Monday, July 2, 2007

Connecticut Shortchanging Environment

According to a Hartford Courant article excerpted below, the state of Connecticut is not meeting its environmental goals.
Connecticut is failing to meet its own goals for cleaning up the environment and needs an infusion of money and enthusiasm, and a substantial commitment to control sprawling development, according to a state report.The state should redouble efforts to clean the air, curb water pollution, conserve farms and forest land, and increase recycling and energy efficiency, the state Council on Environmental Quality says in its 2006 annual report, out this week."I think we've all just sort of turned our eyes away from these environmental goals," Thomas Harrison, chairman of the council, said Friday. "We've all maybe gotten a little complacent."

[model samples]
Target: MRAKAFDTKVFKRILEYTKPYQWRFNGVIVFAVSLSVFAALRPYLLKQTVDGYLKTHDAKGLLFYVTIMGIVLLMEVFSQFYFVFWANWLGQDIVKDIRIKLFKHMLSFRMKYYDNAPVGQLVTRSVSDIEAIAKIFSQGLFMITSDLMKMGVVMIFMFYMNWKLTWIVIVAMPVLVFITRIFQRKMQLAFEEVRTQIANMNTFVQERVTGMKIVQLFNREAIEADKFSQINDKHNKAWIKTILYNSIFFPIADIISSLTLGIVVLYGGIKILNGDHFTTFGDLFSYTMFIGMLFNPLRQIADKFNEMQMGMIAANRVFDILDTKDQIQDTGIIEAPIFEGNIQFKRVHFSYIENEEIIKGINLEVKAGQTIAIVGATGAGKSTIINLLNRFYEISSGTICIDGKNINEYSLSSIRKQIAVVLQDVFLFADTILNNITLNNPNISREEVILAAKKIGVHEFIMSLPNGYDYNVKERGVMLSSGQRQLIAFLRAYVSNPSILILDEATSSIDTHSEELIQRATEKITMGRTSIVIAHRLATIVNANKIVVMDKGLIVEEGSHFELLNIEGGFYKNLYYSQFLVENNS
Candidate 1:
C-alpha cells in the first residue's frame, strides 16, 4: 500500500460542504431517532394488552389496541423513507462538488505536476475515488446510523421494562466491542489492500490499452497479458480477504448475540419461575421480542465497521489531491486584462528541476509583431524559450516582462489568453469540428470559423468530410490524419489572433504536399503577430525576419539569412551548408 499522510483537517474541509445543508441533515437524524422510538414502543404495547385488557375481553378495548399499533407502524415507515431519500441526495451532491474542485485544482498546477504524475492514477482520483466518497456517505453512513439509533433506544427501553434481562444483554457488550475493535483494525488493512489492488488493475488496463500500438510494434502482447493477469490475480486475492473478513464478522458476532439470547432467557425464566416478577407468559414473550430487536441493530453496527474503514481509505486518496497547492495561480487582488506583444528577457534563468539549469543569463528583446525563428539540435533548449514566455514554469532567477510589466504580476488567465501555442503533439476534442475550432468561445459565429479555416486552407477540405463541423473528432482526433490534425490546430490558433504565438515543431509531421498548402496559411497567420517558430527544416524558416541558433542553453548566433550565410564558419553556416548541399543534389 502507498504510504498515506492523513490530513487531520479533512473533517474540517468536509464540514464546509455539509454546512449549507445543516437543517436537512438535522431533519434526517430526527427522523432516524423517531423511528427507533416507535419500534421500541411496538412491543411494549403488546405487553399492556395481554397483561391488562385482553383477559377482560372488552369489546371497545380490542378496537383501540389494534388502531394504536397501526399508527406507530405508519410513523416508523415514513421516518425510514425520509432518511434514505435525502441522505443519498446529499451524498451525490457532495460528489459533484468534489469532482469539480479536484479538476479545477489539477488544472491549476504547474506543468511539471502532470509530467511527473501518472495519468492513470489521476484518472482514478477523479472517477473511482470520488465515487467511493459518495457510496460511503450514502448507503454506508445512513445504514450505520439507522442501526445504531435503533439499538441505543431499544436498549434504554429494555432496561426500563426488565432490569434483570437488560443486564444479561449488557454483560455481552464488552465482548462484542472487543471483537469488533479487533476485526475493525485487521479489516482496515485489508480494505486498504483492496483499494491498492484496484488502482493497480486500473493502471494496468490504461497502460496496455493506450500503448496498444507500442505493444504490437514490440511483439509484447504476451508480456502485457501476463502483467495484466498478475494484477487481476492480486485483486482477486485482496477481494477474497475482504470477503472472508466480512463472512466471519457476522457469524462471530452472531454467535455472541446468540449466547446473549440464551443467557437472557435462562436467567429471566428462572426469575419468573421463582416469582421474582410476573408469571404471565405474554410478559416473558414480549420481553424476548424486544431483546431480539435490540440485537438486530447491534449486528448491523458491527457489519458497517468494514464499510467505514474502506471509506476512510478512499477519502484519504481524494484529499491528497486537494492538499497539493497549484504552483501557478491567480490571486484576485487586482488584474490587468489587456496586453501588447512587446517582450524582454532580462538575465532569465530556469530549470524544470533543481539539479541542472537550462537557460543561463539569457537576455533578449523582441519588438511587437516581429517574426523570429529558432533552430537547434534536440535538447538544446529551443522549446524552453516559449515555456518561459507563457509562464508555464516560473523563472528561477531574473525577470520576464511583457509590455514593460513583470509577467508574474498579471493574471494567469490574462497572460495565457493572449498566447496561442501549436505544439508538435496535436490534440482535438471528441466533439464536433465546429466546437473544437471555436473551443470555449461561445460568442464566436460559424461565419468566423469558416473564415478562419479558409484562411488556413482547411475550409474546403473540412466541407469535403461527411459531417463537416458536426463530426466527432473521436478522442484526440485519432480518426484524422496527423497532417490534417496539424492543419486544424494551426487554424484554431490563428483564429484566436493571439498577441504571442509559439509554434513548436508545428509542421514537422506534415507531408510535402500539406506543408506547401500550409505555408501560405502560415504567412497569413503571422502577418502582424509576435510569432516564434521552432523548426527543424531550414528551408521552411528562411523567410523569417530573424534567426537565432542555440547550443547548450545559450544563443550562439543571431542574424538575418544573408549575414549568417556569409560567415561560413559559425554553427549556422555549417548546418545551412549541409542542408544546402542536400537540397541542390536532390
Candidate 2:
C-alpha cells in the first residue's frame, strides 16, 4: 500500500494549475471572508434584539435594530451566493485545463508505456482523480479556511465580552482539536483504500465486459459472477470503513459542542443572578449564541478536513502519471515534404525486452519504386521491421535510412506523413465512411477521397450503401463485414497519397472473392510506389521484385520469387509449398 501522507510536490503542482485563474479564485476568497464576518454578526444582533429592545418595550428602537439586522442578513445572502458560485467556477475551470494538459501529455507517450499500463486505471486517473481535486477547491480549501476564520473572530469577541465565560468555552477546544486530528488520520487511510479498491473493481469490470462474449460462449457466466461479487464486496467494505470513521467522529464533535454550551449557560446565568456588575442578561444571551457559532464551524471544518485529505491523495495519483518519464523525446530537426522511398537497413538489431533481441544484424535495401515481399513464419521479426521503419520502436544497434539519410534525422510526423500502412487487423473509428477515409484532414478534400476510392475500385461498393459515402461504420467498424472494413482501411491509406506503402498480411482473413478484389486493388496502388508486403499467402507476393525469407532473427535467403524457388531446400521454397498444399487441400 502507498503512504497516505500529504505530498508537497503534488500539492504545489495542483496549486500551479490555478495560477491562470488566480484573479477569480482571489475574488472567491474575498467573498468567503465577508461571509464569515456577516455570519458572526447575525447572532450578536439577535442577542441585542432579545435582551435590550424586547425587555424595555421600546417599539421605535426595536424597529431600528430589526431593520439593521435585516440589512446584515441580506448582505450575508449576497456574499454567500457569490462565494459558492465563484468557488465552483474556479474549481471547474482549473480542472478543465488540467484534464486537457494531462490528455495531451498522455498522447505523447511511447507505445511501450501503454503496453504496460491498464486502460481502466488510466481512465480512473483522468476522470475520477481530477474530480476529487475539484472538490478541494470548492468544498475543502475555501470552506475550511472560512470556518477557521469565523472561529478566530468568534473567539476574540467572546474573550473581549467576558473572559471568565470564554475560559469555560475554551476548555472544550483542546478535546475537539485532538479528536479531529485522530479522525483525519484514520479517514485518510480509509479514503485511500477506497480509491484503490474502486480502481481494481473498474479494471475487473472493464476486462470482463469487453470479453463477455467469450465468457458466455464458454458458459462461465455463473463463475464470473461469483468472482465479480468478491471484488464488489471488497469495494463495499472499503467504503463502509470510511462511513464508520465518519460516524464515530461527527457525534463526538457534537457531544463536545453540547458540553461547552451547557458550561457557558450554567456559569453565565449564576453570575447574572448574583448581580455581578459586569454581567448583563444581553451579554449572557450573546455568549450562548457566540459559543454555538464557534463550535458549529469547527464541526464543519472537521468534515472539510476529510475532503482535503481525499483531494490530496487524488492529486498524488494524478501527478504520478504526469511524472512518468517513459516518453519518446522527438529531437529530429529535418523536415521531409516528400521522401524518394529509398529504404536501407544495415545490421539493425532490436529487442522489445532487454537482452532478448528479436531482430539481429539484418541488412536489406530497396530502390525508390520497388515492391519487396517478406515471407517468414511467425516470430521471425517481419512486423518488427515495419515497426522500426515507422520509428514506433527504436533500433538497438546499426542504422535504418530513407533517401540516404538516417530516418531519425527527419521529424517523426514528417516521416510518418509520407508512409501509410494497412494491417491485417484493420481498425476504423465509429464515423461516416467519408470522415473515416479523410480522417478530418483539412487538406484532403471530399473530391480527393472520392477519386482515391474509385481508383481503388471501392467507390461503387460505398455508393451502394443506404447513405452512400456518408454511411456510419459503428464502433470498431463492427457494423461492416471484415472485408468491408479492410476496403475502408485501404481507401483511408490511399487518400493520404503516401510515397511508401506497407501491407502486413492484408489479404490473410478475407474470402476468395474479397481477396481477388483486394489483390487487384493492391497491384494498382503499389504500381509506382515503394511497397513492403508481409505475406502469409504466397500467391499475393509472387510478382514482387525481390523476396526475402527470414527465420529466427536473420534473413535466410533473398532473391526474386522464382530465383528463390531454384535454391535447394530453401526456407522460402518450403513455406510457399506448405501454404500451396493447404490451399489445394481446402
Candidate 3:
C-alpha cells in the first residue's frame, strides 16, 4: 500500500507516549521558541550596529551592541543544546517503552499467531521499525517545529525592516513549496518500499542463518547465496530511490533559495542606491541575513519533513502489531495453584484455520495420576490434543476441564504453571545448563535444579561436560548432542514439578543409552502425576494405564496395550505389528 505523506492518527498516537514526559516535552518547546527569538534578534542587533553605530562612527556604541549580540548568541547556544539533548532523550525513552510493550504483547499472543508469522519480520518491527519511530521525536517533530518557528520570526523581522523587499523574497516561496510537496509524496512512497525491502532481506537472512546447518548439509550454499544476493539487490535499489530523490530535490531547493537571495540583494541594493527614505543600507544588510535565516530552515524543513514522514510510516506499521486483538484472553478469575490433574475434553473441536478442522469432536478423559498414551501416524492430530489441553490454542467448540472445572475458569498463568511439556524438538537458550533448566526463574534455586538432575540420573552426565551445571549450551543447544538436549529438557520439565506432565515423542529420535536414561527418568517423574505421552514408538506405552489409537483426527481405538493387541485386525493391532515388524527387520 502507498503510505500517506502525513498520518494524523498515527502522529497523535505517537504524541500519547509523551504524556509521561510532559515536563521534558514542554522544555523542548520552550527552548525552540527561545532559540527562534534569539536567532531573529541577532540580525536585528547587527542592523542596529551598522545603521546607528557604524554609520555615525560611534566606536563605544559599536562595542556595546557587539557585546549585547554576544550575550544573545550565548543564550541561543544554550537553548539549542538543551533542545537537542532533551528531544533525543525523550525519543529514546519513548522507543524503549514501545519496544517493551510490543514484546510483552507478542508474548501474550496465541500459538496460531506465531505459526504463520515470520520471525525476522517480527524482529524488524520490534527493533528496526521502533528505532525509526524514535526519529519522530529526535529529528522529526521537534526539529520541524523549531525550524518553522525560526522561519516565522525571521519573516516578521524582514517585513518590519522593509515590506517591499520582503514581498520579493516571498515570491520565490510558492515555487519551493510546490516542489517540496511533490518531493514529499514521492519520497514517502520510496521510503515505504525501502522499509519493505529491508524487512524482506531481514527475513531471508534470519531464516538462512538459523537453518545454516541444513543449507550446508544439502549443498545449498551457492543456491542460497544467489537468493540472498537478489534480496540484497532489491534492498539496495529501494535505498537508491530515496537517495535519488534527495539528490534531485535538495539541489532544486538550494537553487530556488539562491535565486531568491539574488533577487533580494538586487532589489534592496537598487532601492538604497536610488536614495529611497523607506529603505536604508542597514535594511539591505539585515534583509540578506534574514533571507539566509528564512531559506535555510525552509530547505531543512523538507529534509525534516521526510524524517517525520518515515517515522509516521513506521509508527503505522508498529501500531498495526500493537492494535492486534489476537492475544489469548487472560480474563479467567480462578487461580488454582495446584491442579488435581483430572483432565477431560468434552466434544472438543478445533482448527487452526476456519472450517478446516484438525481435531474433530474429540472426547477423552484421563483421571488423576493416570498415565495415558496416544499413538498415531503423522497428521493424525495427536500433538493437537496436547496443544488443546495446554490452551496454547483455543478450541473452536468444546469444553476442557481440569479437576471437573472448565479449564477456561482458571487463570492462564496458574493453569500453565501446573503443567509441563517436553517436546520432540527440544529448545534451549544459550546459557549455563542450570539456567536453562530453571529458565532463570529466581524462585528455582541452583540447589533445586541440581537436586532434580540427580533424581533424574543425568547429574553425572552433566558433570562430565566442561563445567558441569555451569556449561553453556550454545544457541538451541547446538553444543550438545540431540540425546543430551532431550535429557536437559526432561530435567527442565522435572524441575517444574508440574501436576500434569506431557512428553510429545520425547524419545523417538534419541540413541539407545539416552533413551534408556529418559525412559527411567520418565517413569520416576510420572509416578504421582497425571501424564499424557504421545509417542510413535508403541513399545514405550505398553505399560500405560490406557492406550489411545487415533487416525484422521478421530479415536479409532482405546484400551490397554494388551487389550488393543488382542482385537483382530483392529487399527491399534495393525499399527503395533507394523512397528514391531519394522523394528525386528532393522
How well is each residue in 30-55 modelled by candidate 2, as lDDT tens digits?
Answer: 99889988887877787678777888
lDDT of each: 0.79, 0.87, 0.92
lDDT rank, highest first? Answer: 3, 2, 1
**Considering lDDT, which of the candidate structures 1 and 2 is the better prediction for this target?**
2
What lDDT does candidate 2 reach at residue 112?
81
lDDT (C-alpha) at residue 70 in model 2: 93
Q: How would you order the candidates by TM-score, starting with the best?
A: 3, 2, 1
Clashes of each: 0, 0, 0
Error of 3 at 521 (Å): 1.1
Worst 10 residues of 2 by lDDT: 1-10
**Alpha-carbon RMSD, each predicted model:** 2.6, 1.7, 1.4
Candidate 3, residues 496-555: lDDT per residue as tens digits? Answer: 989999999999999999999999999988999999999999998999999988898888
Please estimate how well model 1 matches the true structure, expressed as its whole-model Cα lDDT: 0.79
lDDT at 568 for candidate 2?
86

The council's report comes on the heels of two separate accountings that paint a sobering picture of the future of Long Island Sound. One, a federal assessment of estuaries around the nation, says the Sound is in poor condition, with too many contaminants in its fish and its sediments, and too little life on the bottom.The other report, from the Long Island Sound Study, argues that despite progress on many fronts, the state will have to spend billions to clean up the Sound. The report urges the state to adopt more sustainable development to better preserve open space and curb polluted runoff. Despite progress on environmental issues in the past, something shifted over the past two years, said Harrison, of the environmental quality council. "Last year there was a bit of a stall, no gain and no loss. This year's report [is] kind of disturbing to us."

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